I read an interesting article in The Times sent to me by a client and friend, who like me, is really worried about the volume of selfish people in this country. Witness the hordes who have ignored the Government’s advice on social separation. Witness the households with piles of unused stockpiled food overflowing their dustbins.

It began: “Today we mourn the passing of a beloved friend Common Sense, who has been with us for many years. No one knows for sure how old he was, since his birth records were long ago lost in bureaucratic red tape. He will be remembered as having cultivated such valuable lessons as – knowing when to come in from the rain – why the early bird catches the worm – life isn’t always fair – and maybe it was my fault.”

The piece goes on to detail the many ways in which Common Sense has been put to the sword over the years and explain how it finally gave up the will to live, concluding: “Not many attended his funeral because so few realised he was gone. If you still remember him – think about it. If you do not, join the majority and do nothing.”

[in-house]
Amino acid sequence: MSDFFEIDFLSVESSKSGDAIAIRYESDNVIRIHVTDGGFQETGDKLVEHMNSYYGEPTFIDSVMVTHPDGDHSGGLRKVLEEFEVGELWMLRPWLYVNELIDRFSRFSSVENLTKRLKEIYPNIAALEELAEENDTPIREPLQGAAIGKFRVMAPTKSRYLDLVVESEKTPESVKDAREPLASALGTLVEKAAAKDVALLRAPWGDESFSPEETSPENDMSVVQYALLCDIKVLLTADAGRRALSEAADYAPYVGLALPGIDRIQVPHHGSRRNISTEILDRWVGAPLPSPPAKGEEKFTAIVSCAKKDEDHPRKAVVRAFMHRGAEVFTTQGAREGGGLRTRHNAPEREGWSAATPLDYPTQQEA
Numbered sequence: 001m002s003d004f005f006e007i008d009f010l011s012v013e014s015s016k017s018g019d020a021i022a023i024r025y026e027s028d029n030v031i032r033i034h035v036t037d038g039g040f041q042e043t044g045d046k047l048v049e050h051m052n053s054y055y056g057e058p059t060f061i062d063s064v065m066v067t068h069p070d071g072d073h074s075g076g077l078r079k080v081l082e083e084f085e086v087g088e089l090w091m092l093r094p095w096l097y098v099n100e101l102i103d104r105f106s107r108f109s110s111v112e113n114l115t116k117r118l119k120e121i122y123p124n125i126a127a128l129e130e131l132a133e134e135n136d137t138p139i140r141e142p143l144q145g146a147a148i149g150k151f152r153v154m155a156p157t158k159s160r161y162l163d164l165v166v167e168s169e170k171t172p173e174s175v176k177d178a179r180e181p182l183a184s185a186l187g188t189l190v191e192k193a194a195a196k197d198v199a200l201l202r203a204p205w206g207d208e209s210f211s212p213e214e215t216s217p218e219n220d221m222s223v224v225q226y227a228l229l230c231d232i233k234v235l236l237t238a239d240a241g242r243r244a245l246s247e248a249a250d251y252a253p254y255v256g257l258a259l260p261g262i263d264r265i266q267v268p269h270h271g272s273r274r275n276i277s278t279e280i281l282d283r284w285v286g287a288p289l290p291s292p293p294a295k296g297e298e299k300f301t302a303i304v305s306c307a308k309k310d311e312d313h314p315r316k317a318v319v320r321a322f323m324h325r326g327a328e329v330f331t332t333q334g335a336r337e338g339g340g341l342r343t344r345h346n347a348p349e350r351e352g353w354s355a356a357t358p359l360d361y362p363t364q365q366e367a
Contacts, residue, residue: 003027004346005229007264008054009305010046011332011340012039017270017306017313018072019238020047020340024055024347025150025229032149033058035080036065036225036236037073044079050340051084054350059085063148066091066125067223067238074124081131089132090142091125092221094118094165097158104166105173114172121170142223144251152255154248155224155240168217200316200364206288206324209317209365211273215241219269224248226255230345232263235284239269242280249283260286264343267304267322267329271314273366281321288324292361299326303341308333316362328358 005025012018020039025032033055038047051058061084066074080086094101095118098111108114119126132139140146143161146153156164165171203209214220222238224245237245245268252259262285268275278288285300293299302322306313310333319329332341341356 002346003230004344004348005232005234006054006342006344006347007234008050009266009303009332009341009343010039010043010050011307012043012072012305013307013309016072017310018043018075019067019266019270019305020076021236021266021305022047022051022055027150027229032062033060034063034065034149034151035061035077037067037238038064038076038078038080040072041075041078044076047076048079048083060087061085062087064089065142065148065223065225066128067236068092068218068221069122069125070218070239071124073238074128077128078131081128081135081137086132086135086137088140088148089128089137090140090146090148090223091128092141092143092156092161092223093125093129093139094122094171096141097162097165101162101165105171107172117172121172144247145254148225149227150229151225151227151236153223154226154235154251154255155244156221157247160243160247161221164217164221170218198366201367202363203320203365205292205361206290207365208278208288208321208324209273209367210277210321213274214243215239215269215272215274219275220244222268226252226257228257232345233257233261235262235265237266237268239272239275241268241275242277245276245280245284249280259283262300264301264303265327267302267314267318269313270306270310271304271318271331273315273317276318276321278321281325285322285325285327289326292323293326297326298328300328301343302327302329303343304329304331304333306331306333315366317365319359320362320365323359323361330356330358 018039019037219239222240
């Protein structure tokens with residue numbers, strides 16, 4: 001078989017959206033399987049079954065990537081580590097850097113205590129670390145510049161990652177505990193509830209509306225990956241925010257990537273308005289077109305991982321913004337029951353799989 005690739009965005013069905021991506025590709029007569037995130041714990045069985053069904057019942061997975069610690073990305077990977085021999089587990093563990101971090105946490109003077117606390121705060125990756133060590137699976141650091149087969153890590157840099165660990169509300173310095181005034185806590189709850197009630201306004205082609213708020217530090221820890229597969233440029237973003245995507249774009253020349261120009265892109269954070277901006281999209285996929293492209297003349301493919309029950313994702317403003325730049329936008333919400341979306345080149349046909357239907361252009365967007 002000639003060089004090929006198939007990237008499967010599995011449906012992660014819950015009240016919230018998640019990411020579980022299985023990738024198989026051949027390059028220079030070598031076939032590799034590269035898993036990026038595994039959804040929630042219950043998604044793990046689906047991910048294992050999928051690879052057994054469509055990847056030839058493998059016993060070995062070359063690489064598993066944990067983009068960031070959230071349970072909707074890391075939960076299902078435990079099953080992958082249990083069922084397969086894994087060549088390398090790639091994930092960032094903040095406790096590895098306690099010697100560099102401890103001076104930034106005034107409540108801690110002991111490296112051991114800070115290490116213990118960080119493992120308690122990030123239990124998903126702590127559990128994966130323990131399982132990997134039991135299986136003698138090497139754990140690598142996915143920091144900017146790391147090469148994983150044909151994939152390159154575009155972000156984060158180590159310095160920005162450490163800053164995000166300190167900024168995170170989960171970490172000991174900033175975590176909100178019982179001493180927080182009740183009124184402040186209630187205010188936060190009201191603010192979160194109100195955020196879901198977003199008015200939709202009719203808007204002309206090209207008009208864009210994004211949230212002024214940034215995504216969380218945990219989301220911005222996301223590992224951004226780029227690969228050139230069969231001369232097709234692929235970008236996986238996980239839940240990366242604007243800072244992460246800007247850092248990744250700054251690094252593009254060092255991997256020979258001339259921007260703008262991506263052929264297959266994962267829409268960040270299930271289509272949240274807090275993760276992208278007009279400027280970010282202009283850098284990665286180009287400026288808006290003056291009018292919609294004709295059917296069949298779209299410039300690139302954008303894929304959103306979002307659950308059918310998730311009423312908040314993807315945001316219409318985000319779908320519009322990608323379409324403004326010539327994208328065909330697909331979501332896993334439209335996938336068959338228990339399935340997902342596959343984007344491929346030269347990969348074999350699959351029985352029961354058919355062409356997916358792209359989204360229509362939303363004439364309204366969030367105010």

On a lighter and more current note I have found it increasingly difficult to watch the early morning news, as it appears to be pretty much a repetition of the previous day’s offering. However, the Labour Party has a fresh and welcome look to it, the only downside being that we have lost the opportunity to witness Diane Abbott crunching out numbers.

I attended Ashford Market for the first two weeks following the lockdown and it felt odd and eerie to witness a very decent penning of stock of all classes with only registered buyers in attendance. It was comforting to know that the auction system was still paving the way and set the benchmark for deadweight offerings in very uncertain circumstances. I am pleased to say my local auction consistently performed above expectations.

I feel, however, particularly sad for those rural-based businesses whose trade has ground to a halt and which look very vulnerable. Pubs, garden centres, local garages, riding centres and local tradesmen, to name but a few; fingers crossed that they will all recover. I am rubbish at sowing seeds and can’t wait to purchase some decent plants from our local garden centre to set out in June/July.

Management and I have just celebrated our 50th wedding anniversary with isolation and a bottle of Bollinger! I convinced her that my original plan had been to hire the Albert Hall.

My best wishes to all farmers, growers, their suppliers and customers and all those affiliated to the rural community.